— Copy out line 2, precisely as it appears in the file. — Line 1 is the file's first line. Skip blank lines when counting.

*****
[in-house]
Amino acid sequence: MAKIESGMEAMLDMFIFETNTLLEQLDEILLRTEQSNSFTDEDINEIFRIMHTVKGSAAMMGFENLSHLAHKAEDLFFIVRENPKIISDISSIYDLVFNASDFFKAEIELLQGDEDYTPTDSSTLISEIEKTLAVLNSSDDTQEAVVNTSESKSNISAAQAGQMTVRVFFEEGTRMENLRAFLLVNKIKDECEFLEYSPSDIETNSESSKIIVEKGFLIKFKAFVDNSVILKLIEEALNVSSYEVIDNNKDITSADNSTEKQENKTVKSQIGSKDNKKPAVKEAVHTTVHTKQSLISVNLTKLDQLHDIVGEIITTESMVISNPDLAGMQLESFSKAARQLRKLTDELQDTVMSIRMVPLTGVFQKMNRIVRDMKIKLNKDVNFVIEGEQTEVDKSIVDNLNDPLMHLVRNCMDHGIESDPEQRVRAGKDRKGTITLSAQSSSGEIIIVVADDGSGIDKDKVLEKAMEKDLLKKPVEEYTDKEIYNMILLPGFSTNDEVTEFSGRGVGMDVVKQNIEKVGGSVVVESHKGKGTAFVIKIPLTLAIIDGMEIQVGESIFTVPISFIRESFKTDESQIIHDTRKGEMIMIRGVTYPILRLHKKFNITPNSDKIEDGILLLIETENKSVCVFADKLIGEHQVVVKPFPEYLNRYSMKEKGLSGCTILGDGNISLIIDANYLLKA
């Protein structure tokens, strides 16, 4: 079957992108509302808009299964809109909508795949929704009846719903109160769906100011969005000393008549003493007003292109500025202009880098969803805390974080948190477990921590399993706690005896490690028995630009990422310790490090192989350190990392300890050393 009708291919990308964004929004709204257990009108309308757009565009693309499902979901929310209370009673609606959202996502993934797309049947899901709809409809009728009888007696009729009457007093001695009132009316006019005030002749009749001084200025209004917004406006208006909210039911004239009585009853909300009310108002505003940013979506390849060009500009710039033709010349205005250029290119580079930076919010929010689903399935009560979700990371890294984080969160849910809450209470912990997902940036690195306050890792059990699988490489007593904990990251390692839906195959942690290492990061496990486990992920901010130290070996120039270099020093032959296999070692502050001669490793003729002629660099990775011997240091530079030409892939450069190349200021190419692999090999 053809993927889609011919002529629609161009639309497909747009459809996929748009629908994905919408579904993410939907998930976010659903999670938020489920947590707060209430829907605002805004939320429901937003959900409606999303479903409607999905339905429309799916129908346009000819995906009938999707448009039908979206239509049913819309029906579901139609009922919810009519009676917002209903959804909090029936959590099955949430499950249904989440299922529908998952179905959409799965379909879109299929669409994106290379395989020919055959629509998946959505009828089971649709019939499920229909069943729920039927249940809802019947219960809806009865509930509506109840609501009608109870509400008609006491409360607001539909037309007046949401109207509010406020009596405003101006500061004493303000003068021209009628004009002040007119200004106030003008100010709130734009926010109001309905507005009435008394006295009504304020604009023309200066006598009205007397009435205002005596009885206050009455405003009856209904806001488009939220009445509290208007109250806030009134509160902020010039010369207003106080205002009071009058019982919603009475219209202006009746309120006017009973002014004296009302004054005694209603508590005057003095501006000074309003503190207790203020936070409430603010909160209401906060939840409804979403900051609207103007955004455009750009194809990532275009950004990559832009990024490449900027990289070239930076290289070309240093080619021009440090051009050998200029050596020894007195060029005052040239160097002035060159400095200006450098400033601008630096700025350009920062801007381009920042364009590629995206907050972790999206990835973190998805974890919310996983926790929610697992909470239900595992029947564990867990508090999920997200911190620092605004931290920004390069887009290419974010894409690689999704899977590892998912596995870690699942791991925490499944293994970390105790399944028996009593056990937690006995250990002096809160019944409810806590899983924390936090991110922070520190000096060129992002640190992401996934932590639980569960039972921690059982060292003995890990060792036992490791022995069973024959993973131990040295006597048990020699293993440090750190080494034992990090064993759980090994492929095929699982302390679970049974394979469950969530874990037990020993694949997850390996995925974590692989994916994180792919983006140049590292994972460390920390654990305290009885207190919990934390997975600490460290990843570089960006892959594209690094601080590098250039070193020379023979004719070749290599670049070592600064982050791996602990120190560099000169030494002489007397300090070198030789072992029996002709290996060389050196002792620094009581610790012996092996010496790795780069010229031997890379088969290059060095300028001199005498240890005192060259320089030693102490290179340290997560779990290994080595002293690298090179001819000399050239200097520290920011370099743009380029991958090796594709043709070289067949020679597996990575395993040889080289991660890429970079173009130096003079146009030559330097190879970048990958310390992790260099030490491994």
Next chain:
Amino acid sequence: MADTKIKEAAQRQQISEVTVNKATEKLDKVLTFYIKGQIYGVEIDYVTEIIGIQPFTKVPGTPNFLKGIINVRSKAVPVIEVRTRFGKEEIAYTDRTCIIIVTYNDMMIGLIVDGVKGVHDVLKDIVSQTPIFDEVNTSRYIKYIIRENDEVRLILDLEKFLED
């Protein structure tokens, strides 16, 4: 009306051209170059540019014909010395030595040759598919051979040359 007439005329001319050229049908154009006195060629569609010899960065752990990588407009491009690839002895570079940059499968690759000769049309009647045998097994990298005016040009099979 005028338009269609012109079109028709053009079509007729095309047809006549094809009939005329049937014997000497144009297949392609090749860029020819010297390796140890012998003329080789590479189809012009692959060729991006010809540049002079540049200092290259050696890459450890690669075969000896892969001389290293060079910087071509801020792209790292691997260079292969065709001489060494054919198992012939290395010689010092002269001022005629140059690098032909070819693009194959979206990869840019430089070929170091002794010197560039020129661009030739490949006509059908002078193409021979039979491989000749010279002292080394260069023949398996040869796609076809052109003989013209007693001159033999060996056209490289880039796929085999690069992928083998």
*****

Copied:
Amino acid sequence: MAKIESGMEAMLDMFIFETNTLLEQLDEILLRTEQSNSFTDEDINEIFRIMHTVKGSAAMMGFENLSHLAHKAEDLFFIVRENPKIISDISSIYDLVFNASDFFKAEIELLQGDEDYTPTDSSTLISEIEKTLAVLNSSDDTQEAVVNTSESKSNISAAQAGQMTVRVFFEEGTRMENLRAFLLVNKIKDECEFLEYSPSDIETNSESSKIIVEKGFLIKFKAFVDNSVILKLIEEALNVSSYEVIDNNKDITSADNSTEKQENKTVKSQIGSKDNKKPAVKEAVHTTVHTKQSLISVNLTKLDQLHDIVGEIITTESMVISNPDLAGMQLESFSKAARQLRKLTDELQDTVMSIRMVPLTGVFQKMNRIVRDMKIKLNKDVNFVIEGEQTEVDKSIVDNLNDPLMHLVRNCMDHGIESDPEQRVRAGKDRKGTITLSAQSSSGEIIIVVADDGSGIDKDKVLEKAMEKDLLKKPVEEYTDKEIYNMILLPGFSTNDEVTEFSGRGVGMDVVKQNIEKVGGSVVVESHKGKGTAFVIKIPLTLAIIDGMEIQVGESIFTVPISFIRESFKTDESQIIHDTRKGEMIMIRGVTYPILRLHKKFNITPNSDKIEDGILLLIETENKSVCVFADKLIGEHQVVVKPFPEYLNRYSMKEKGLSGCTILGDGNISLIIDANYLLKA